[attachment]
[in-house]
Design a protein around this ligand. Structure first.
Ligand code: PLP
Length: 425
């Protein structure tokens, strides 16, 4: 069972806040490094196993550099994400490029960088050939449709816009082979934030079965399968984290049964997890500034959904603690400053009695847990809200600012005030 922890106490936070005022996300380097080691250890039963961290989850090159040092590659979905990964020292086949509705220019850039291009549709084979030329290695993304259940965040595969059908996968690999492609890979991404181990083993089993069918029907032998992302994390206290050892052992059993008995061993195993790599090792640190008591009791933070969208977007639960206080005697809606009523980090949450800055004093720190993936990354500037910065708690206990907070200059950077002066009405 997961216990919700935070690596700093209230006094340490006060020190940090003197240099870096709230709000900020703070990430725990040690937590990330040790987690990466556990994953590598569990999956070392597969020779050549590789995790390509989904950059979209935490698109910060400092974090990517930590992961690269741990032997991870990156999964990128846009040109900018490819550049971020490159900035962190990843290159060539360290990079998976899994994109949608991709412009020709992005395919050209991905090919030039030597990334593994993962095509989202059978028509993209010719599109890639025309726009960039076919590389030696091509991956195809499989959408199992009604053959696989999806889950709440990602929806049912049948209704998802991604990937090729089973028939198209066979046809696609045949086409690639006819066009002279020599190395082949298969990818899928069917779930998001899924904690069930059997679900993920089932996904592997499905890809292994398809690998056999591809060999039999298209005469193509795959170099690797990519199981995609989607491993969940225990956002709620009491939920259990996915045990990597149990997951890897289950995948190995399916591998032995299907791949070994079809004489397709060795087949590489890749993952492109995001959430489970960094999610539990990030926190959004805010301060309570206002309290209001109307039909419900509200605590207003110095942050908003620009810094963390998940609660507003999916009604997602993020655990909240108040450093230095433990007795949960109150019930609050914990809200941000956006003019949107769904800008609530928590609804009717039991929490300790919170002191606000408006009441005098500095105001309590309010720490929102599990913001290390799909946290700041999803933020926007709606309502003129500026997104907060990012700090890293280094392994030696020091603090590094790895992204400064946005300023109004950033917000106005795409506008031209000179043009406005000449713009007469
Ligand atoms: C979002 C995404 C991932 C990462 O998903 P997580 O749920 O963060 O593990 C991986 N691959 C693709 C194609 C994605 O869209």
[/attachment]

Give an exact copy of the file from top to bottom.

[in-house]
Design a protein around this ligand. Structure first.
Ligand code: PLP
Length: 425
């Protein structure tokens, strides 16, 4: 069972806040490094196993550099994400490029960088050939449709816009082979934030079965399968984290049964997890500034959904603690400053009695847990809200600012005030 922890106490936070005022996300380097080691250890039963961290989850090159040092590659979905990964020292086949509705220019850039291009549709084979030329290695993304259940965040595969059908996968690999492609890979991404181990083993089993069918029907032998992302994390206290050892052992059993008995061993195993790599090792640190008591009791933070969208977007639960206080005697809606009523980090949450800055004093720190993936990354500037910065708690206990907070200059950077002066009405 997961216990919700935070690596700093209230006094340490006060020190940090003197240099870096709230709000900020703070990430725990040690937590990330040790987690990466556990994953590598569990999956070392597969020779050549590789995790390509989904950059979209935490698109910060400092974090990517930590992961690269741990032997991870990156999964990128846009040109900018490819550049971020490159900035962190990843290159060539360290990079998976899994994109949608991709412009020709992005395919050209991905090919030039030597990334593994993962095509989202059978028509993209010719599109890639025309726009960039076919590389030696091509991956195809499989959408199992009604053959696989999806889950709440990602929806049912049948209704998802991604990937090729089973028939198209066979046809696609045949086409690639006819066009002279020599190395082949298969990818899928069917779930998001899924904690069930059997679900993920089932996904592997499905890809292994398809690998056999591809060999039999298209005469193509795959170099690797990519199981995609989607491993969940225990956002709620009491939920259990996915045990990597149990997951890897289950995948190995399916591998032995299907791949070994079809004489397709060795087949590489890749993952492109995001959430489970960094999610539990990030926190959004805010301060309570206002309290209001109307039909419900509200605590207003110095942050908003620009810094963390998940609660507003999916009604997602993020655990909240108040450093230095433990007795949960109150019930609050914990809200941000956006003019949107769904800008609530928590609804009717039991929490300790919170002191606000408006009441005098500095105001309590309010720490929102599990913001290390799909946290700041999803933020926007709606309502003129500026997104907060990012700090890293280094392994030696020091603090590094790895992204400064946005300023109004950033917000106005795409506008031209000179043009406005000449713009007469
Ligand atoms: C979002 C995404 C991932 C990462 O998903 P997580 O749920 O963060 O593990 C991986 N691959 C693709 C194609 C994605 O869209």